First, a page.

Art Beat: Weaving Art Into Science | WMUK

Art Beat: Weaving Art Into Science

Oct 28, 2021

'Organic Form,' made from 16 and 24 gauge wire.
Credit Sharon Gill

Most of the day you’ll find Western Michigan University biology professor Sharon Gill teaching in the classroom. On other days, she’s in the field, collecting data on the behavior and songs of birds and other animals. 


On still other days – she’s weaving baskets, not unlike the birds she studies weaving their intricate nests. Her baskets are not just utilitarian. They are works of art, woven into unusual and delicate shapes, constructed of natural materials as well as manmade materials like steel and copper wire.

A fiber basket work-in-progress, using hemp and Michigan native plants from Sharon's garden.
Credit Sharon Gill

“I started working on baskets as a way to see in three dimensions,” Gill says. “For many years, all I had was drawing. Then I started taking classes at Kalamazoo Institute of Arts in metal sculpting. I really enjoyed that—it was a different way to explore art and to see things in three dimensions, but I found that most of the things I was producing were two-dimensional. They were in some ways like drawing with metal. There was some wire hanging around in the studio, so I thought, well, I’ll try making some baskets.”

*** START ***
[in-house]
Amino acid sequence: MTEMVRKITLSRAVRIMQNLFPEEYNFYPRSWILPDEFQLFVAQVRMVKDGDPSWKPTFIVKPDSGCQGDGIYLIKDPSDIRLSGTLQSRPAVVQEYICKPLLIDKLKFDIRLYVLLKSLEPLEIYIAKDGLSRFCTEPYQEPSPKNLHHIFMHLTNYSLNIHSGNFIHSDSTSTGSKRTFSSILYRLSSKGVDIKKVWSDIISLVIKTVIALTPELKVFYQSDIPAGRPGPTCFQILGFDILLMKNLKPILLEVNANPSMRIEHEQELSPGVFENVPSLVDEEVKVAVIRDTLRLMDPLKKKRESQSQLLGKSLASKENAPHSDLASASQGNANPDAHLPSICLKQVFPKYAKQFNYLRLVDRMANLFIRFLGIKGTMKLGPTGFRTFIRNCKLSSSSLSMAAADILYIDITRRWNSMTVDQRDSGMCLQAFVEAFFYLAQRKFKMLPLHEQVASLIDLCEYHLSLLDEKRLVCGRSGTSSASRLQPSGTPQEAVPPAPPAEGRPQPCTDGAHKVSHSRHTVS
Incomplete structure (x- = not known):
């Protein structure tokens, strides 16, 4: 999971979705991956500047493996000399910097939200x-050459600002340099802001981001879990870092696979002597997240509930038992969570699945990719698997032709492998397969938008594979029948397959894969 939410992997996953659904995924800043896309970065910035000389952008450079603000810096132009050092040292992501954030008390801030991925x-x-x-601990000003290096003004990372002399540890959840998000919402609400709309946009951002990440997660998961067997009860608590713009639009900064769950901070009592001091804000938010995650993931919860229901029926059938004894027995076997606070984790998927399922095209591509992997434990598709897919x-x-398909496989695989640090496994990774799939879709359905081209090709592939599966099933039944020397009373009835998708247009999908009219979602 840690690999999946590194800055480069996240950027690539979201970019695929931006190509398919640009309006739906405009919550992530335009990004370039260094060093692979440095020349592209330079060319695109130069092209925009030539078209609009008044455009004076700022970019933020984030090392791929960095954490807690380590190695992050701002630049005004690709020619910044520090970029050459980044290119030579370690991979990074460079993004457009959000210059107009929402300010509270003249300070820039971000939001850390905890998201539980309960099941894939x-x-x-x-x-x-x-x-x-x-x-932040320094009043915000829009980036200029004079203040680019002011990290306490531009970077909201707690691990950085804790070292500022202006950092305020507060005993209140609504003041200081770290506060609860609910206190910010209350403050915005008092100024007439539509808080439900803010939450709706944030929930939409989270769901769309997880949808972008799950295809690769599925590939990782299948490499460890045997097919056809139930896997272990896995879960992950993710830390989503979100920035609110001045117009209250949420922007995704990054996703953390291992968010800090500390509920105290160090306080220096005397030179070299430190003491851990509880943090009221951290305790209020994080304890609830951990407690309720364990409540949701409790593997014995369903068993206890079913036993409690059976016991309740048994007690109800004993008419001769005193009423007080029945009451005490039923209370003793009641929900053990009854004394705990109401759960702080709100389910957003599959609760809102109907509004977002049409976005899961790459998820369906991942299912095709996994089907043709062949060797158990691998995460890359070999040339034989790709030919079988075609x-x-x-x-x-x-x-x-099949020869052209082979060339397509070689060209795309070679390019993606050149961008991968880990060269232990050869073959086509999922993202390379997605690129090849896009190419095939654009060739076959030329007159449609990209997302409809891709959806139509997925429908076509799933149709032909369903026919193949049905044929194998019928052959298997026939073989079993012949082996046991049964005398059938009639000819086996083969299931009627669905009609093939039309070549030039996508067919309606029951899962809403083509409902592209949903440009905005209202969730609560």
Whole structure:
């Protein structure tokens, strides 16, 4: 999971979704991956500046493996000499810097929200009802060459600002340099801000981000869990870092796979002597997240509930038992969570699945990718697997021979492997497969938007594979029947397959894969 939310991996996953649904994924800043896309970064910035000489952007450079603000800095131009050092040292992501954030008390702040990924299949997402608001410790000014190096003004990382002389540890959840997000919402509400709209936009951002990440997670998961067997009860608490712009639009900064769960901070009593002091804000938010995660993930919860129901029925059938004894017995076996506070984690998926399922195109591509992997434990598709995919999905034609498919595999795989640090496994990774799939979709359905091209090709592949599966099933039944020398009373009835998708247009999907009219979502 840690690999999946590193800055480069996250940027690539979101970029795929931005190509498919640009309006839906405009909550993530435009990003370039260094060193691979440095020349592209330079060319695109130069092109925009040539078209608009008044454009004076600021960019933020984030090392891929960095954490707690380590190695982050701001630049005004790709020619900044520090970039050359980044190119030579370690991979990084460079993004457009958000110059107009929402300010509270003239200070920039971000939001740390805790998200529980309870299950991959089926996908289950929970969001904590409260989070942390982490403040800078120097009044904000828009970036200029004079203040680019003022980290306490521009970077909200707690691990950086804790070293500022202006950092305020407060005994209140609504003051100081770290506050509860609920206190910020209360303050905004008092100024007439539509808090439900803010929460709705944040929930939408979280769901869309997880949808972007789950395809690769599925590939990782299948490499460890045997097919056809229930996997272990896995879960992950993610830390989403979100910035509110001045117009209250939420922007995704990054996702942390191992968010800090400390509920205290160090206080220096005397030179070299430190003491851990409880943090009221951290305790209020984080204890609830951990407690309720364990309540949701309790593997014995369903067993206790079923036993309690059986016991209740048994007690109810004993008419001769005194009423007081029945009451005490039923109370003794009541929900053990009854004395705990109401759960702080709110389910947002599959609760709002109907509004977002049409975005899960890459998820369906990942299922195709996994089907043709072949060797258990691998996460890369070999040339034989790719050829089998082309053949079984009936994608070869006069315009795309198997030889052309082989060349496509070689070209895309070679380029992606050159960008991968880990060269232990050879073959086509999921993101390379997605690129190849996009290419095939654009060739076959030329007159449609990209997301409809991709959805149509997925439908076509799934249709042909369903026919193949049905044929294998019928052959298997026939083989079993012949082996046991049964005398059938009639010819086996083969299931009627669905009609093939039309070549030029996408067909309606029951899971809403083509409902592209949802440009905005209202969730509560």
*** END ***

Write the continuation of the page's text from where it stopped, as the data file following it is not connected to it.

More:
Gill had found a new fascination, opening her eyes to the three dimensions she sought in her art forms. She began studying basketry in all its forms and its history with roots in cultures across the world.

“There are certainly baskets that are ten-to twenty-thousand years old,” Gill says. “The baskets in a region are a reflection of the materials available, and that’s really interesting to me. It ties the people who make the basket to the places that they are and the materials that they had.”

Much as Gill had done when researching birds and other animal sounds in nature, she once again wandered into the field—this time searching for materials for her baskets. She uses grasses and other plants from her own garden or other areas along with the metal wiring, each basket taking shape under her hands in not only utilitarian but artistic form.

“One of the attractions of doing artwork is that it’s a different way of interacting with the world,” she says. “And as a scientist, we have one particular way through that training that we have as scientists to make observations and do experiments to understand nature in a particular way. But there are different ways of knowing about the natural world.”

To learn more about the Gill lab at WMU and her research on birds and soundscapes, visit the Sound Ecology Lab @WMU page. Gill’s baskets, drawings, and photographs can be seen on her Instagram page.

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